The Scottish Government is lodging an appeal against a decision that states they were wrong in failing to provide information about an investigation into alleged bad behaviour by former first minister Alex Salmond.
The case, “Scottish ministers against a decision of the Scottish Information Commissioner”, will be heard at the Court of Session on Wednesday.
Nicola Sturgeon referred herself to the independent advisers on the Scottish Ministerial Code for an alleged breach on January 13, 2019, while she was first minister.
That was said to concern whether she failed to record meetings and phone calls in accordance with the code, and/or attempted to influence the conduct of the internal investigation into Salmond’s behaviour.
An independent adviser, James Hamilton, investigated and determined that Sturgeon had not breached the code.
Ministers declined a request under the Freedom of Information (Scotland) Act 2002 for all written evidence gathered by Hamilton’s investigation on the basis that he was independent of them, and on an exemption contained in the act that disclosure would cause prejudice to the effective conduct of public affairs.
Last year, the Scottish Government appointed a group of external investigators to handle complaints about current and former ministers, following the mishandling of its investigation into claims of sexual harassment by Salmond.
The government’s investigation into the former first minister was successfully challenged in the courts, which prompted a lengthy inquiry at a Holyrood committee.
Following a review of the government’s complaints procedure, new rules around formal complaints of bullying, harassment and discrimination made by civil servants were introduced in February.
The government wrote to the Scottish Parliament’s Finance Committee, updating MSPs on the new system’s progress.
What was Sturgeon accused of?
Sturgeon was accused of misleading parliament and failing to record meetings connected to harassment allegations levelled at Salmond, her predecessor.
An inquiry carried out by the independent code adviser – James Hamilton QC – ruled in 2021 there had been no breach of the code.
Had Sturgeon been found to have knowingly broken the rules, she would have been expected to offer her resignation less than two months before that year’s Holyrood election.
She referred herself to Mr Hamilton following Salmond’s successful legal challenge of the Scottish Government’s unlawful investigation into harassment complaints against him, which led to Salmond winning more than £500,000 in court.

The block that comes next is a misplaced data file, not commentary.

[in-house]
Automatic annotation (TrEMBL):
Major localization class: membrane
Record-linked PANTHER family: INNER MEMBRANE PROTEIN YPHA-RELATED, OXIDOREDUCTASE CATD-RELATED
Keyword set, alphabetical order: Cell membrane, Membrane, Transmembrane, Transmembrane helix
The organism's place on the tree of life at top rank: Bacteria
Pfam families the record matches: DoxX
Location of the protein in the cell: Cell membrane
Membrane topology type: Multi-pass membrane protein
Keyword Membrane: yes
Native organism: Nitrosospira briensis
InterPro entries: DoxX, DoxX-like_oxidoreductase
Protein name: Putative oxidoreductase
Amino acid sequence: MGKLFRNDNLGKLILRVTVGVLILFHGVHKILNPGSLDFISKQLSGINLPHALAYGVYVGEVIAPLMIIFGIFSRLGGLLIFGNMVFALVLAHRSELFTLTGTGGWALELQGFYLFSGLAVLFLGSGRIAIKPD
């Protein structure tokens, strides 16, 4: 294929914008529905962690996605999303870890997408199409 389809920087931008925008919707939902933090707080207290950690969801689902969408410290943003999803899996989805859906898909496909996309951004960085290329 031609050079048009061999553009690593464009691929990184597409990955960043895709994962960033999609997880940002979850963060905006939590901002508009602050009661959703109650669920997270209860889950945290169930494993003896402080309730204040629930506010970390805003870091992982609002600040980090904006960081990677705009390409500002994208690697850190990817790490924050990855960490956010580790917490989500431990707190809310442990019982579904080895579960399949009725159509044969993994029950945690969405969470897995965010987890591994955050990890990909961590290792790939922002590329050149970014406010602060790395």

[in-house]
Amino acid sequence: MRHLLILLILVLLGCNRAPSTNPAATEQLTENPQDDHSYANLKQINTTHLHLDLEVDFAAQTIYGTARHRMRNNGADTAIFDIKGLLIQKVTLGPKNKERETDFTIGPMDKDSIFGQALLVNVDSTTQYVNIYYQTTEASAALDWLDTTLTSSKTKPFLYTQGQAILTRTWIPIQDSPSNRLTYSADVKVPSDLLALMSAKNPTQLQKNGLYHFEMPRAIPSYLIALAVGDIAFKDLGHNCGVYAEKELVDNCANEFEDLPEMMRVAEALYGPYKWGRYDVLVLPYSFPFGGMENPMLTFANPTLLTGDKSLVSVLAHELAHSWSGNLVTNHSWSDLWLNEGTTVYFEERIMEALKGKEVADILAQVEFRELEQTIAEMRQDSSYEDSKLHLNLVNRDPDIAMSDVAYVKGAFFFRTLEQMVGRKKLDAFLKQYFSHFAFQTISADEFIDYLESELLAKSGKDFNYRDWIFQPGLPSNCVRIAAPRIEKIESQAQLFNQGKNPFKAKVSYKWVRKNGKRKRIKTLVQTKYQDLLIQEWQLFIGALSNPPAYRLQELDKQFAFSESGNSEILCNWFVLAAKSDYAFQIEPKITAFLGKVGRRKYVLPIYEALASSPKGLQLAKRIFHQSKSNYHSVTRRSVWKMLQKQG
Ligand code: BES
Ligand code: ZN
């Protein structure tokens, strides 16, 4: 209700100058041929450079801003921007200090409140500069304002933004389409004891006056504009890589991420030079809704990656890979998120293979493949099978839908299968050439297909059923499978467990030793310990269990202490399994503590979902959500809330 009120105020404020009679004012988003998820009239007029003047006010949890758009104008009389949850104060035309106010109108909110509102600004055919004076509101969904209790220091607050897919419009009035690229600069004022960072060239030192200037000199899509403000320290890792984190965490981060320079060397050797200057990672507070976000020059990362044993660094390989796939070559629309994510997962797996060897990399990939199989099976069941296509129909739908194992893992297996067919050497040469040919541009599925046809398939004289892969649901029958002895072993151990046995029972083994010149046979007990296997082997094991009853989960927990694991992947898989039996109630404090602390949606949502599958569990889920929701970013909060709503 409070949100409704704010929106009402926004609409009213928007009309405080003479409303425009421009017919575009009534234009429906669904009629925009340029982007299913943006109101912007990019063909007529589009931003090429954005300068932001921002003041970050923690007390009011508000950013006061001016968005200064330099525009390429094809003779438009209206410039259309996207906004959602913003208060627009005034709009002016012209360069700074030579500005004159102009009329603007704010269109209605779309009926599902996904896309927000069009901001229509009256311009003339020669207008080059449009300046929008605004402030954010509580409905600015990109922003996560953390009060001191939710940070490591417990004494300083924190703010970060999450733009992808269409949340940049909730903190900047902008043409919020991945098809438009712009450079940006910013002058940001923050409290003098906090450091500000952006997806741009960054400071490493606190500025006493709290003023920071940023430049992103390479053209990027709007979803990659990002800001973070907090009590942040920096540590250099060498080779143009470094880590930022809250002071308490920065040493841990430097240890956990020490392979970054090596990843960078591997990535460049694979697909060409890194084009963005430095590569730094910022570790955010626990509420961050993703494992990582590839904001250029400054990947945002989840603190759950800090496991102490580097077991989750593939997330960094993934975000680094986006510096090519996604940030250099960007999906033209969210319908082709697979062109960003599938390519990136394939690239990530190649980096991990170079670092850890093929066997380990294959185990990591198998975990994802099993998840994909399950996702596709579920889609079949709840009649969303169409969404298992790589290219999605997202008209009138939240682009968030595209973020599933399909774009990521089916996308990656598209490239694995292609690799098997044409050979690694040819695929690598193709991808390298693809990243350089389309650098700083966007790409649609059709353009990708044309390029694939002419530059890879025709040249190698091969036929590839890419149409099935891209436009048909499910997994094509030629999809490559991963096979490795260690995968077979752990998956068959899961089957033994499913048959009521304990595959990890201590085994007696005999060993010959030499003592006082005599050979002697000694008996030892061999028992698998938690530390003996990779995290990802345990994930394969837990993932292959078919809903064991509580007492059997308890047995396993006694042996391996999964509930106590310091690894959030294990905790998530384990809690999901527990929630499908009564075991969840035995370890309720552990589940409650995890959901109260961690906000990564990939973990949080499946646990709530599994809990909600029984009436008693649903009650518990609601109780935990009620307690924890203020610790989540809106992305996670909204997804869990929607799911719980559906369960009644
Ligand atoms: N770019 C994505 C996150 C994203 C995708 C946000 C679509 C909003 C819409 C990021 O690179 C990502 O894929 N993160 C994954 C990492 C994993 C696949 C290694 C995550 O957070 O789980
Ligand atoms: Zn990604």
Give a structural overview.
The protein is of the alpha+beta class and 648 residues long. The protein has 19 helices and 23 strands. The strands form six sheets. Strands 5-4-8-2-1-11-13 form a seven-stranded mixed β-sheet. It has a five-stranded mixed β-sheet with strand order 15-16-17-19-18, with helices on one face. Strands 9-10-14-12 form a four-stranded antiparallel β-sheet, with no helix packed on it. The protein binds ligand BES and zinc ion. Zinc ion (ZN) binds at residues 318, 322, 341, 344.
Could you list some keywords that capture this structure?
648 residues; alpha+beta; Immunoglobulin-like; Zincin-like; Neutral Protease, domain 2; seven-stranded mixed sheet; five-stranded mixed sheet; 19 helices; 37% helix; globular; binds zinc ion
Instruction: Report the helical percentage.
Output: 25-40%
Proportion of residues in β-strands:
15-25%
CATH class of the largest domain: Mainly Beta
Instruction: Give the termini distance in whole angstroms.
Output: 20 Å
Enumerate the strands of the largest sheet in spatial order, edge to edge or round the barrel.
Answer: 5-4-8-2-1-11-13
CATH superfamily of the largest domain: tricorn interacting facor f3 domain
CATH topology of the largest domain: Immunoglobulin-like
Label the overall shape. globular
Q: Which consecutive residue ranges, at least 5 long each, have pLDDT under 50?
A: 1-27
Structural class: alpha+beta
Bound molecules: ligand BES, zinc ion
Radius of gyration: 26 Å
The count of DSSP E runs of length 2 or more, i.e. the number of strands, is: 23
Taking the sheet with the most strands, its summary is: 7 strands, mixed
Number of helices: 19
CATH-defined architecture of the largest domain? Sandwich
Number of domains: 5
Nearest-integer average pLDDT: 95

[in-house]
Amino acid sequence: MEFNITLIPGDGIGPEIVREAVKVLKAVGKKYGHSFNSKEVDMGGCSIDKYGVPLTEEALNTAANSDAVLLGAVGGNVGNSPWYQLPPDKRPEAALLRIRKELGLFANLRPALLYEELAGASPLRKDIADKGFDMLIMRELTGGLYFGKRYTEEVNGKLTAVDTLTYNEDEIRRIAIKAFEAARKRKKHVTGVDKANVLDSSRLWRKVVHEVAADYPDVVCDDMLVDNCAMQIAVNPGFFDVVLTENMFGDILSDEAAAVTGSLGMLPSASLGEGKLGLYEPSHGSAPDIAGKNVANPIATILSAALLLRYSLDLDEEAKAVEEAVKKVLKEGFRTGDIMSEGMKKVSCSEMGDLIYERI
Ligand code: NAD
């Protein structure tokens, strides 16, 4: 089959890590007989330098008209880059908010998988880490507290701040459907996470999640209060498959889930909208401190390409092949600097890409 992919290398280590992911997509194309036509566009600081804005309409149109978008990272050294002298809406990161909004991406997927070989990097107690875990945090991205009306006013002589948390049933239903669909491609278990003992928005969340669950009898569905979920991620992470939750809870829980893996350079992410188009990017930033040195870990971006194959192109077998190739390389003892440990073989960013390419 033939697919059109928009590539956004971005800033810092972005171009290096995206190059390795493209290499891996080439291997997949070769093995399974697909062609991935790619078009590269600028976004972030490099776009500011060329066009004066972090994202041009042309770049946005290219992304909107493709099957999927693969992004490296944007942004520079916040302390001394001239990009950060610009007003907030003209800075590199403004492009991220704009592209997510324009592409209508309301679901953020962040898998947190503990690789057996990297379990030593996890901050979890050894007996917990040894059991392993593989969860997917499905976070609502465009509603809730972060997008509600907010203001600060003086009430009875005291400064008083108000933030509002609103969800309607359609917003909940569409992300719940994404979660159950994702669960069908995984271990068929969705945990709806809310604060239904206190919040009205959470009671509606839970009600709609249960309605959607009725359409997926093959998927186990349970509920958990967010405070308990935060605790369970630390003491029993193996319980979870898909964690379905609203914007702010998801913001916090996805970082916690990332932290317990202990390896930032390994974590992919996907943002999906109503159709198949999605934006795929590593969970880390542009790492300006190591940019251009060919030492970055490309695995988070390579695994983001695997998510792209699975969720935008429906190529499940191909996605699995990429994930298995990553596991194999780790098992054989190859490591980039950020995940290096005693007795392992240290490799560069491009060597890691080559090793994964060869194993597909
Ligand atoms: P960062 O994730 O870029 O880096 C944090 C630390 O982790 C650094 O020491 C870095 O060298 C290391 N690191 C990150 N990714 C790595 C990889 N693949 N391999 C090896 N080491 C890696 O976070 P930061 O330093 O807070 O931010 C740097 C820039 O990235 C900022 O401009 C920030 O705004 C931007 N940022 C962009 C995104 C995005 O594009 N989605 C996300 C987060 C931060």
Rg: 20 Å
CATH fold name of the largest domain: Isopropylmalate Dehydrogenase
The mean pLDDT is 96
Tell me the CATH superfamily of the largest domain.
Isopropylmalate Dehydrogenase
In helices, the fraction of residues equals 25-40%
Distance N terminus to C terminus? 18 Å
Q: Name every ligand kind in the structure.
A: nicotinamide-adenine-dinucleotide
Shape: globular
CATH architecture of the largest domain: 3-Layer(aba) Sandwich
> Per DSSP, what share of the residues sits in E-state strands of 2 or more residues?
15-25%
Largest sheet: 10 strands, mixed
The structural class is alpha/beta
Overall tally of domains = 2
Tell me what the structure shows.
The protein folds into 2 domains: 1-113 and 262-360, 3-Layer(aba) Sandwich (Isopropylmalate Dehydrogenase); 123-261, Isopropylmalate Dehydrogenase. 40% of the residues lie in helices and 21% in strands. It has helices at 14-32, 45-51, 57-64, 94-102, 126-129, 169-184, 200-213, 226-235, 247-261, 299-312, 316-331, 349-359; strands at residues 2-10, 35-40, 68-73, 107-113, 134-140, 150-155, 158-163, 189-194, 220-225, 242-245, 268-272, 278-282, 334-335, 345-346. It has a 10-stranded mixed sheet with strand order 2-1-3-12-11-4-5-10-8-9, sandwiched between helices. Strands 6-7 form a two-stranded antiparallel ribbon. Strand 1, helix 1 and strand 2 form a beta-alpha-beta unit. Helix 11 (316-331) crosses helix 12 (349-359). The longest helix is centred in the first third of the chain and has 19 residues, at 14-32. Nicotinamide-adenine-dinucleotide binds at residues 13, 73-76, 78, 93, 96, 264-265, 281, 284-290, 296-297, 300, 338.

Salmond was later acquitted of 13 charges, including sexual assault, indecent assault and attempted rape, in March 2020 following a High Court trial.
What did Hamilton’s report find?
Mr Hamilton concluded in his report that Sturgeon did not breach the ministerial code in respect of any of the four issues he considered.
These included an allegation that her “failure to record her meetings with and telephone discussions with Salmond and others” in March, April, June and July 2018 was a breach and that the first minister “may have attempted to influence the conduct of the investigation” into harassment complaints made against Salmond.
The third issue centred on whether Sturgeon misled the Scottish Parliament in relation to the meetings in 2018, and the fourth alleged that Sturgeon was in breach of her duty to comply with the law in relation to Salmond’s successful legal challenge against the Scottish Government.
Mr Hamilton’s inquiry also looked into Sturgeon’s failure to refer to the meeting of March 29, 2018 in a later statement to the Scottish Parliament.
She met with Salmond’s adviser Geoff Aberdein on this date, where he asked her to meet with Salmond.
Discussing this, Mr Hamilton’s report says: “It is regrettable that the first minister’s statement on January 8, 2019, did not include a reference to the meeting with Mr Aberdein on March 29.
“In my opinion, however her explanation for why she did not recall this meeting when giving her account to parliament, while inevitably likely to be greeted with suspicion, even scepticism by some, is not impossible.
“What tilts the balance towards accepting the first minister’s account for me is that I find it difficult to think of any convincing reason why if she had in fact recalled the meeting she would have deliberately concealed it while disclosing all the conversations she had had with Mr Salmond.”
The Scottish Information Commissioner’s verdict
Scottish ministers were asked for all written evidence to James Hamilton’s investigation into Sturgeon’s conduct under the ministerial code.
The authority argued that it did not hold some of the information and that the information it did hold was exempt from disclosure.
The commissioner investigated and found that ministers had failed to identify all of the information held by it, which fell within scope of the request.
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